5) Dazhong Si (Great Bell Temple) Right in Haidian, buried in urban craziness. Huge bell! Has its own subway stop. Great.

jietai

6) Wanshou (Temple of Longevity) 5-minute walk from Beijing Foreign Studies U., and from Purple Bamboo Park. Ming. 1578.  Before fall of the Qing, a rest stop for imperial processions traveling by boat to the Summer Palace and Western Hills (it’s on a canal). Managed by Beijing Art Museum, houses collection of Buddha images. Suzhou Jie, Xisanhuan Lu, on the north side of Zizhu Bridge, Haidian District

Dajue Buddha

7) Zhenjue No.24 Wutaisi Cun, Baishiqiao, Haidian District, Beijing. (Chinese: 24; pinyin: Bĕijīng Shì Báishíqiáo Cūn 24 hào). We did not make it here! It’s still on our list!

8) Dahui (Temple of Great Wisdom) Haidian. Ming dynasty. Dahui Lu Si near Xueyuan Nan Lu. Built 1513; restored 1757.   We did not make it here, either!

9) Biyun Si (Temple of Azure Clouds) (Chinese: Buddhist, eastern part of the Western Hills, just outside the north gate of Fragrant Hills Park (Xiangshan Gongyuan). Can also see Sun yat Sen memorial & Fragrant Hills (has a chairlift if you don’t want to climb) We walked up, chairlift down. Taxi works well.

10) Dongyue Si  (Taoist, mid-Chaoyang) – probably the most important Taoist temple in Beijing, Buried in Chaoyang. Near the Russian market.

Dajue Tea House

Dajue Tea House

11) White Cloud Temple (Bai Yungguan) in Fengtai (southwestern) district. Home to the Taoist Association, very large, active temple in the middle of an ordinary residential neighborhood. There is one English speaker (top photo) who was so helpful with explanations.

Near Baiyunguan: a buddhist pagoda not on the premesis

Near Baiyunguan: a buddhist pagoda not on the premesis

12) Xi Huang Si – Western yellow, best lamaist architecture ,1780. This is fantastic gem, unknown. We found it closed to the public but talked our way in. I think its northeast 2nd ring?

IMAG1663

13) Bei Tai (White Pagoda) The temple atop the island hill in Beihai Park

Beihai

14) Dajue Si  at foot of Yangtai Hill, 1498 – Lovely site built into a mountainside. Has oldest extant Buddha statue in garden. Hire a taxi but have clear directions, no one knows where it is. Out beyond the secret military installation, kind of past/near Fragrant Hills. Gorgeous expensive tea house.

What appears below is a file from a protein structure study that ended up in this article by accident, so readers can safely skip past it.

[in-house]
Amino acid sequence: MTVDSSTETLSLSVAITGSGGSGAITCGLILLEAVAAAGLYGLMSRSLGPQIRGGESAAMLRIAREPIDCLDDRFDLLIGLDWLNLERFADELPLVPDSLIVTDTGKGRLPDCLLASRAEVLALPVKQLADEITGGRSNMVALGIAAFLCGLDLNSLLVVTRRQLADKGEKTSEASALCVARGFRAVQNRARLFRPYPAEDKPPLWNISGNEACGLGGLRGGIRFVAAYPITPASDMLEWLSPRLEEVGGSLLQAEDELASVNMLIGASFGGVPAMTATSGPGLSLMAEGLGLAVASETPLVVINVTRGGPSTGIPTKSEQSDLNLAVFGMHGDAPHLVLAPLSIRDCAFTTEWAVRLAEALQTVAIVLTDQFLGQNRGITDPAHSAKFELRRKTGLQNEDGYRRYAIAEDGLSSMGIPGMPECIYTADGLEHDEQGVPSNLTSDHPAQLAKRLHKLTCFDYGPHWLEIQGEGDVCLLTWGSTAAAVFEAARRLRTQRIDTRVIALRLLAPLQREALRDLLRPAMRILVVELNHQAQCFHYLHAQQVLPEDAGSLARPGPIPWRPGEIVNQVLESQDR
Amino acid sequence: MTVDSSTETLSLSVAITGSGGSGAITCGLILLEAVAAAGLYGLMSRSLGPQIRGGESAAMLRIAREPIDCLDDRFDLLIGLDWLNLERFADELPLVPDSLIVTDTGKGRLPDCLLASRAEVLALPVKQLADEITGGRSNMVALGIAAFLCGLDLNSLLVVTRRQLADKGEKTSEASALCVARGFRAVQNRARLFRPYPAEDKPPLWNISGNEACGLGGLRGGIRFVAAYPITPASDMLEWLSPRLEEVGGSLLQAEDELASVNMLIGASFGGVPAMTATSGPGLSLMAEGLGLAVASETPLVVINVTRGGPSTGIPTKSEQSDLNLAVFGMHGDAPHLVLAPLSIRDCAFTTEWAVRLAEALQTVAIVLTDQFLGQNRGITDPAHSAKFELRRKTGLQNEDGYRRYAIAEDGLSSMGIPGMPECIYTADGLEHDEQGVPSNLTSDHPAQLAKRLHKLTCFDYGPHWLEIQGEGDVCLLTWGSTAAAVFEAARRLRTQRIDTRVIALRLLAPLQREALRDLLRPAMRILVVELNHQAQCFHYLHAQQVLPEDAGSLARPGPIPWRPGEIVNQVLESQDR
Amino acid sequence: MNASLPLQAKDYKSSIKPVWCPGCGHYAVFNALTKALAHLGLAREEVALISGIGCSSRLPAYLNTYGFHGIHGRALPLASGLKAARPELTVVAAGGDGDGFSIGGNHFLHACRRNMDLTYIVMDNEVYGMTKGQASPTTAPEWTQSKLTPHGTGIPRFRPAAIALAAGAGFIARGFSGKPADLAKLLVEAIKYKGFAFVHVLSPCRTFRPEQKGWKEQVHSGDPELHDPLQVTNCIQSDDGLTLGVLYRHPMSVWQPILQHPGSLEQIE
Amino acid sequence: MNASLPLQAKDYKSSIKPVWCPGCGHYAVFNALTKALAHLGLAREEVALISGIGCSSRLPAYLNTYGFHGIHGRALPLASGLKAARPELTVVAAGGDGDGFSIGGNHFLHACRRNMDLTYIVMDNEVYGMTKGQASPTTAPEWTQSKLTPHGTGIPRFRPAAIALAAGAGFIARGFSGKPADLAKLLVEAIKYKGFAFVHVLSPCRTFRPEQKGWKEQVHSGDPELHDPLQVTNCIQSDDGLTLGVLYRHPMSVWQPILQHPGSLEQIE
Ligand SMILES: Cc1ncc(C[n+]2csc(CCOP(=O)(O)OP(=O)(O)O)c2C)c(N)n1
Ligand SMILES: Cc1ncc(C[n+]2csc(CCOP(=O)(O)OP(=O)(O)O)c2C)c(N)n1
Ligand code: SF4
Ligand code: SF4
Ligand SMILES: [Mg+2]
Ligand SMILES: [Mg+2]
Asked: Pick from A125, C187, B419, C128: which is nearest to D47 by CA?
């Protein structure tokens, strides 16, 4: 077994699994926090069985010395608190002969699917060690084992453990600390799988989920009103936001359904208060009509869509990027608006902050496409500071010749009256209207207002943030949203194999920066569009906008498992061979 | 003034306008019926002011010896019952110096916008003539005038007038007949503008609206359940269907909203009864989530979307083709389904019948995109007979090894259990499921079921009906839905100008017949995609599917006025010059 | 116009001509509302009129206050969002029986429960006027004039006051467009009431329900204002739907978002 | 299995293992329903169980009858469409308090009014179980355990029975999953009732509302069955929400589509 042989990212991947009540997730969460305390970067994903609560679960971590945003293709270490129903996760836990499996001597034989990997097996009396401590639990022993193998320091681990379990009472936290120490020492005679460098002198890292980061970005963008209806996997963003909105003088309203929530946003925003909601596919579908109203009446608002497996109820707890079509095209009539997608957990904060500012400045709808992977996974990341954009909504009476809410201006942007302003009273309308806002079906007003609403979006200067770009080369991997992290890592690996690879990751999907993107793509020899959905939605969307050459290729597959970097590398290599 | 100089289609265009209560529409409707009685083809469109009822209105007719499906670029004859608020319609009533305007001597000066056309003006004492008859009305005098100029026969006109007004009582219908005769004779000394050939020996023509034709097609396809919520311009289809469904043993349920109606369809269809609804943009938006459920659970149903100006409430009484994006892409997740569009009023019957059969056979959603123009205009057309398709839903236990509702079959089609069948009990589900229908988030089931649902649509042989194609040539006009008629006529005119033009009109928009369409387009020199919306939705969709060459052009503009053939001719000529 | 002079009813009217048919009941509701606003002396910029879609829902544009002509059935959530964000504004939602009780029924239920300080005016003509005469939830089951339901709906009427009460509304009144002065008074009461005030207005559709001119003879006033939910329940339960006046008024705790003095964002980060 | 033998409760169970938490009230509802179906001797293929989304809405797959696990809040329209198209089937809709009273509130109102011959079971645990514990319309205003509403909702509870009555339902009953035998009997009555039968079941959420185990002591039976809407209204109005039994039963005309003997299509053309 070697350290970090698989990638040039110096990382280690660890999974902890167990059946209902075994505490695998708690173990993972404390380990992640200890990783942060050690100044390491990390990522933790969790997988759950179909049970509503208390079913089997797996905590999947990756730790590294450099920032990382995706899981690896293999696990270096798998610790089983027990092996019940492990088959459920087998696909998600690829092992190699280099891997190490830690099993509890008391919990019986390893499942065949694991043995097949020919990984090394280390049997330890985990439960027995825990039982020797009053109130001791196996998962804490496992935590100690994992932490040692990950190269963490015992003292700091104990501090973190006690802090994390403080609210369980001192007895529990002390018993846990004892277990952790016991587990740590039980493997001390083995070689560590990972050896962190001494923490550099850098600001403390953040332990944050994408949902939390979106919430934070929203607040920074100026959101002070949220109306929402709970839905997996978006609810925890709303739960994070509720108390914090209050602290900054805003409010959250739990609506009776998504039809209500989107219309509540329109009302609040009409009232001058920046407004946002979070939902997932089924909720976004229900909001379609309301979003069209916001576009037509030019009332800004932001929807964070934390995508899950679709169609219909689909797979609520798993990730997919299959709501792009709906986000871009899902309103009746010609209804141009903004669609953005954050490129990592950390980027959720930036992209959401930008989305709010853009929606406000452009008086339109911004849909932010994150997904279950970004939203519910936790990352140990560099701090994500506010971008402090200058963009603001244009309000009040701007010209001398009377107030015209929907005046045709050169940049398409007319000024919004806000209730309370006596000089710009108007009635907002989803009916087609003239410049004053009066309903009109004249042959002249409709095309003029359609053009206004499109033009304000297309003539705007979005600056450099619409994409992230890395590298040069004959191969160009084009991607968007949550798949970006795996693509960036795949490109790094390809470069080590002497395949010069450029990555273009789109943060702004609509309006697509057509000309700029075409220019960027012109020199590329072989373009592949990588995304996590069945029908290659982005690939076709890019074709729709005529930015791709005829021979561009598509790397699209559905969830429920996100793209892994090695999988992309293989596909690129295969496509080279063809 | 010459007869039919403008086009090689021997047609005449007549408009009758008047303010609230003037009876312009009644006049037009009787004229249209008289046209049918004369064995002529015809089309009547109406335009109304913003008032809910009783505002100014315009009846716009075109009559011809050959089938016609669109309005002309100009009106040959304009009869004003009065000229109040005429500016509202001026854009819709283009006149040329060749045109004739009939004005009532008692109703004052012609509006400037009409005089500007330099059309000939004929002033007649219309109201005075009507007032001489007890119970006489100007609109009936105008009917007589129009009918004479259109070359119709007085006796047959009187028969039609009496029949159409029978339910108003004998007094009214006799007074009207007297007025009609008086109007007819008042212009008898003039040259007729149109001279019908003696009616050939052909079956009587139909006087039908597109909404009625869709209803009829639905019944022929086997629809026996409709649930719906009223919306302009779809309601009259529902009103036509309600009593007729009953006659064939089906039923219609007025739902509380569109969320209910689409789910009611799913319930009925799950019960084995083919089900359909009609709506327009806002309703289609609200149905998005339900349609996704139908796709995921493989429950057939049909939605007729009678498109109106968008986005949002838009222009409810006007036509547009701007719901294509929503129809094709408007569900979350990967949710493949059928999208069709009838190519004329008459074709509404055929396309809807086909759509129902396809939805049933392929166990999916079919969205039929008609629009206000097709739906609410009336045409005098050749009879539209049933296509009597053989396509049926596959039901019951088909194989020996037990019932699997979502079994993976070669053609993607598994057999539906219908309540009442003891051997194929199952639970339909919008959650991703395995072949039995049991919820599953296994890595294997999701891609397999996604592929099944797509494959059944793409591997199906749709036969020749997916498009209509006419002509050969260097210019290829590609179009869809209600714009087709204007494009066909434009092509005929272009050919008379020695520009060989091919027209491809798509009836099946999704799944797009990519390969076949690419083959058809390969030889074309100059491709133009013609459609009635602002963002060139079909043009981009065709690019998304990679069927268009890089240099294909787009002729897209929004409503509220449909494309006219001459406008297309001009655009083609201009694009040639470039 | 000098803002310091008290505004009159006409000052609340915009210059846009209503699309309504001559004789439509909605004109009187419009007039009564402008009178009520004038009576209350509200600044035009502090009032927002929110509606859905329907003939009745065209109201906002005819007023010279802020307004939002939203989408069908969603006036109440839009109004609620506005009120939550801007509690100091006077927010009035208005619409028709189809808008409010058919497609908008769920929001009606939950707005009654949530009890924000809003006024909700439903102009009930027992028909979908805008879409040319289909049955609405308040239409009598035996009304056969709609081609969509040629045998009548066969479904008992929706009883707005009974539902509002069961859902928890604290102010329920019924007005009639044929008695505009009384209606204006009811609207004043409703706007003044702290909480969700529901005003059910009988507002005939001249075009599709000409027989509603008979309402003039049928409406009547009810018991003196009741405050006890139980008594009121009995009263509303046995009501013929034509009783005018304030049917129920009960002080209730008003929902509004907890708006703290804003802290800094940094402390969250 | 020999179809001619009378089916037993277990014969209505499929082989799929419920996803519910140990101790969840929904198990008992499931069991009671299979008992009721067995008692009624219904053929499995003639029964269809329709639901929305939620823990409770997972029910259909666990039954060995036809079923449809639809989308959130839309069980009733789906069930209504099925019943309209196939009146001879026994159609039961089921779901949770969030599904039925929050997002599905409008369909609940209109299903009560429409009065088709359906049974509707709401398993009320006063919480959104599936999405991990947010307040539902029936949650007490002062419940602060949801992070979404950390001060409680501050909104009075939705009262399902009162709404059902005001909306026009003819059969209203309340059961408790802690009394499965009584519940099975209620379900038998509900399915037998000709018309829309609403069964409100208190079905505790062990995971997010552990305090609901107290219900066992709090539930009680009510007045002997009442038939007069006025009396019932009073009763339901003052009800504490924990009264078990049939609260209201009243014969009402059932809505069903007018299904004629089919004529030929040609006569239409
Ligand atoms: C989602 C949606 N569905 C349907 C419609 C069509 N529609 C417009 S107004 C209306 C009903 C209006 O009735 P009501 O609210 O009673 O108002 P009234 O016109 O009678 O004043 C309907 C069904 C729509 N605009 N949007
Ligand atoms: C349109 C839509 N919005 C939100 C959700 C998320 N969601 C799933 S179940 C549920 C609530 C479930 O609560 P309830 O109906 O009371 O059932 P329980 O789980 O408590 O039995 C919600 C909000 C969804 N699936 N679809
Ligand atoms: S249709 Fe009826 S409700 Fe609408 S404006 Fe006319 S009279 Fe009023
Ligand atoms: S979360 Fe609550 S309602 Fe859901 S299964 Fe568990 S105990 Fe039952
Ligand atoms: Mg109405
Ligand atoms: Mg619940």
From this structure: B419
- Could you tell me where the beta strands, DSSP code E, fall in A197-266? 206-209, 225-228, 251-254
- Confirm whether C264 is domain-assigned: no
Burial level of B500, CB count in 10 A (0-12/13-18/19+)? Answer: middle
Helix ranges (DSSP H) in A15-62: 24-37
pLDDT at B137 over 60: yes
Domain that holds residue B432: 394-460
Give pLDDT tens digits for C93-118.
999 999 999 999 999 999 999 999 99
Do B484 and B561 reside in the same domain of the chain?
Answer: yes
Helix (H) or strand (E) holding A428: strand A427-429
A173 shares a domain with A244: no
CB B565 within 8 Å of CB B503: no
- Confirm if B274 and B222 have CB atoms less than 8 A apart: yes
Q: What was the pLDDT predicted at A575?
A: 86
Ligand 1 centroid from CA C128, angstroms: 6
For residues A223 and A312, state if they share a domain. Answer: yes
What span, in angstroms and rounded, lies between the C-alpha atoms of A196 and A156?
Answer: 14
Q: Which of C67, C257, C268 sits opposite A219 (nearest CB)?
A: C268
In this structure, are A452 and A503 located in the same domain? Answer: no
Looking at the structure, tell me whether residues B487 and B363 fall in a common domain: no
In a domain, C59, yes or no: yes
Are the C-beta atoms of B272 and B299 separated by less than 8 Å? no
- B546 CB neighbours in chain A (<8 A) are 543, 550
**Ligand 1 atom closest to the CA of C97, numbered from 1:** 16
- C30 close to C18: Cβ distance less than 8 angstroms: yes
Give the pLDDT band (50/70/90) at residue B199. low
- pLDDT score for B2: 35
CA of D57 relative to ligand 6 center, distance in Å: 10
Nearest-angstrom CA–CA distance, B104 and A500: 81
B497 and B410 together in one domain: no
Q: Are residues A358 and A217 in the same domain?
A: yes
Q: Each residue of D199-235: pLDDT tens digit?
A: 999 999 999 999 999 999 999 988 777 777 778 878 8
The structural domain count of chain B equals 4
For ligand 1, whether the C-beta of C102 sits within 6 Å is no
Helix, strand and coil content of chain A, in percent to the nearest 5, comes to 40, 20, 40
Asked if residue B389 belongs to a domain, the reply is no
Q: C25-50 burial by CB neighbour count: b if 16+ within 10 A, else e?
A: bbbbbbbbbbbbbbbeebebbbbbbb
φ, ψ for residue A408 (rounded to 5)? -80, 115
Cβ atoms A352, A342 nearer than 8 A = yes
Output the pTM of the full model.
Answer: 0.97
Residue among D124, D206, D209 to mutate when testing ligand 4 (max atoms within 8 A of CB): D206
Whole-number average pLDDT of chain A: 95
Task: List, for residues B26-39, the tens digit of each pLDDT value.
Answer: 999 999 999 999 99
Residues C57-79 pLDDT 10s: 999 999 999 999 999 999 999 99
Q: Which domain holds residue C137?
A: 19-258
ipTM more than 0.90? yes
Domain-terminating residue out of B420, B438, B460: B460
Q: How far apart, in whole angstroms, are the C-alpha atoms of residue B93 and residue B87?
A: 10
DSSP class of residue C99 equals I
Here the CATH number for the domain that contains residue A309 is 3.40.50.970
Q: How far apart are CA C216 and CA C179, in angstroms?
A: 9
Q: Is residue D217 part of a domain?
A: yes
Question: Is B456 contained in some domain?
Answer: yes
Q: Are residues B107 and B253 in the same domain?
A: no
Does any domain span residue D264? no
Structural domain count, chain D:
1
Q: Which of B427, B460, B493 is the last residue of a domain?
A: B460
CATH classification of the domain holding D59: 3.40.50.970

dajue spring and building

Start the Day Right (Chinese Food)

Canteen windows: breakfast variety

Canteen windows: breakfast variety

We have cold cereal, yogurt & fruit, maybe an egg, bagel. French toast or pancakes on week-end. Breakfast isn’t very varied. Love it but — I’m saying, it’s not that involved. Totally different story in China. We were strictly using the university canteen (cafeteria) in Qingdao this summer, having no kitchen. Breakfast choices were just as varied as dinner, with more than a dozen windows, each totally different. Soup with beans or greens or noodles, buns, dumplings, all kinds of meat, breads, vegetables, eggs and lots of kinds of pickles, & much more.

Fried little buns, like a savory beignet

Fried little buns, like a savory beignet

Unfortunately, first sight entering the canteen is the slop tables, ladies scraping food garbage into giant stainless steel pails. Not a great image! But the ladies are lovely! Below, a few pix of soup, dumplings & breakfast in a Chinese university.

Canteen ladies, China Petroleum University

Canteen ladies, China Petroleum University

Breakfast wontons (hwin dun)

Breakfast wontons (hwin dun)

Canteen tables, China Petroleum University, Qingdao

Love the dumplings!

Love the dumplings!

Grab your chopsticks

Grab your chopsticks

 

Morning soups

Morning soups

Teacher, Friend, Son of Artists

Xiao Xiao's mother's art

Xiao Xiao’s mother’s art